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China’s forthcoming digital currency: implications for foreign companies and financial institutions in China

Betty L. Louie (Orrick Herrington & Sutcliffe LLP in Beijing, China)
Martha Wang (Orrick Herrington & Sutcliffe LLP in Beijing, China)

Journal of Investment Compliance

ISSN: 1528-5812

Article publication date: 18 June 2021

Issue publication date: 17 July 2021




To answer key questions about China’s forthcoming digital currency, the Digital Currency Electronic Payment (DCEP) or “digital yuan.”


Discusses prospective legal standards and guidelines; expected features compared with traditional payment methods and other digital currencies; how DCEP works; status of pilot programs; use of DCEP for cross-border payments; transparency, data protection and cybersecurity issues; and key implications for foreign businesses and financial institutions in China.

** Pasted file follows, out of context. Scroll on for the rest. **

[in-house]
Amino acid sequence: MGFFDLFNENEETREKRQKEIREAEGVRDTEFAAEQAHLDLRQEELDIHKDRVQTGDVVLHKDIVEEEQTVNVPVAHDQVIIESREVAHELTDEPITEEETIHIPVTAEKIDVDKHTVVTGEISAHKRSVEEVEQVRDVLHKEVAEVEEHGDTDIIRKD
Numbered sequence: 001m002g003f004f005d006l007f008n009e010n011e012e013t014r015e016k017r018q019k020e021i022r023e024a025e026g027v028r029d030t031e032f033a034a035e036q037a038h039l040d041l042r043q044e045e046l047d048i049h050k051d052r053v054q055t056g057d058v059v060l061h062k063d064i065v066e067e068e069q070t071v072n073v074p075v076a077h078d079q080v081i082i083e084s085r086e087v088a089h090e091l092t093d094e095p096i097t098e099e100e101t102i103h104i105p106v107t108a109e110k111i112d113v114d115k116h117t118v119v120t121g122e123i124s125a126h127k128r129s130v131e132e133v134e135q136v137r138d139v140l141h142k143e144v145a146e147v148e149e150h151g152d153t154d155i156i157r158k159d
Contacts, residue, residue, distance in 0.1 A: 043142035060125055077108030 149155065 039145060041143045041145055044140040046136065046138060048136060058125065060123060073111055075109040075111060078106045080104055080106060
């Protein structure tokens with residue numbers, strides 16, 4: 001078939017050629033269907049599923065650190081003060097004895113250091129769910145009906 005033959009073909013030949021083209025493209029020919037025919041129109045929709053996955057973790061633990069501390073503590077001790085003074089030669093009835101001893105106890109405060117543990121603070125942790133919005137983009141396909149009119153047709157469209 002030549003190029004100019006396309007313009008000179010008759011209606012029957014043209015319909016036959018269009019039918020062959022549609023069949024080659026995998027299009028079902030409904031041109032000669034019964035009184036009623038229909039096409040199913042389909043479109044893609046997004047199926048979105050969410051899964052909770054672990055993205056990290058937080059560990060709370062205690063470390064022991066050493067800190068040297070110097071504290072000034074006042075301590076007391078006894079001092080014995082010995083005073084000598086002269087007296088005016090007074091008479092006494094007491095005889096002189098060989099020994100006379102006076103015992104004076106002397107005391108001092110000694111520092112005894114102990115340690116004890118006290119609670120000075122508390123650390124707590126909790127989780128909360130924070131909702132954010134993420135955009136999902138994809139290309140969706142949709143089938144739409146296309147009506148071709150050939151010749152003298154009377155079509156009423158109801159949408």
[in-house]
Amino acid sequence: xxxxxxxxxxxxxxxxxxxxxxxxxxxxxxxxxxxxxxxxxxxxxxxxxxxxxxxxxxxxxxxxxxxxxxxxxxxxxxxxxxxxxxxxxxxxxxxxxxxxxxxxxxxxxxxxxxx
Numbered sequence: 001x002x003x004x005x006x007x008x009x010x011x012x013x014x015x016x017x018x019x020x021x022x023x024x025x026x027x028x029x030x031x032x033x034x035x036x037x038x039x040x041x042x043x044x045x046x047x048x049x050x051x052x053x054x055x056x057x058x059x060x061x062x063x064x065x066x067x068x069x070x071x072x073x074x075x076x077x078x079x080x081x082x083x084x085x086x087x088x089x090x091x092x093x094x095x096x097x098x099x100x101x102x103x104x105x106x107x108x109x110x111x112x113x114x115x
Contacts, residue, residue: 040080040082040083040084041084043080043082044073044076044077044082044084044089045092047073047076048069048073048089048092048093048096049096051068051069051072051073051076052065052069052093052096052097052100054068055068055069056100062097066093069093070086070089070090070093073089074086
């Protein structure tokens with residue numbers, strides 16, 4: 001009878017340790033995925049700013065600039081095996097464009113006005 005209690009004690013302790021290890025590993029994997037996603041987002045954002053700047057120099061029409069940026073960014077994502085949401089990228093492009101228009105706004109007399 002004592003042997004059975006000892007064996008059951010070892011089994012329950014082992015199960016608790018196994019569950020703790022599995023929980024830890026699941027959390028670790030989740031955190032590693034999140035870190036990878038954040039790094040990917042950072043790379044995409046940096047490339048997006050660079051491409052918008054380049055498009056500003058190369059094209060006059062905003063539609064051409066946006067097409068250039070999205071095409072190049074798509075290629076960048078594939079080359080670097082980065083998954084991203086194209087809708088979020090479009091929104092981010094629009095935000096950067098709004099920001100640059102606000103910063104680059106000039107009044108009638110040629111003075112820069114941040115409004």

When DCEP is officially launched in China, there is little doubt that the population can easily adapt to its use. The launch of DCEP can have significant ramifications on a global scale, as it could reduce China’s reliance on the SWIFT system for international banking and offers the first glimpse of the internationalization of the renminbi (RMB).

Practical implications

Foreign companies operating in China, hi-tech businesses, retailers, financial institutions, and mobile app developers need to track the development and acceptance of DCEP, monitor arising risks, assess how their financial products fit, and adjust business operations, reporting requirements and financial reserves related to the requirements and use of DCEP, expected growth in fintech surrounding digital currencies.


Practical advice from experienced mergers and acquisitions, private equity, strategic investment and capital markets lawyers.



Louie, B.L. and Wang, M. (2021), "China’s forthcoming digital currency: implications for foreign companies and financial institutions in China", Journal of Investment Compliance, Vol. 22 No. 2, pp. 195-200.



Emerald Publishing Limited

Copyright © 2021 Orrick Herrington and Sutcliffe LLP.

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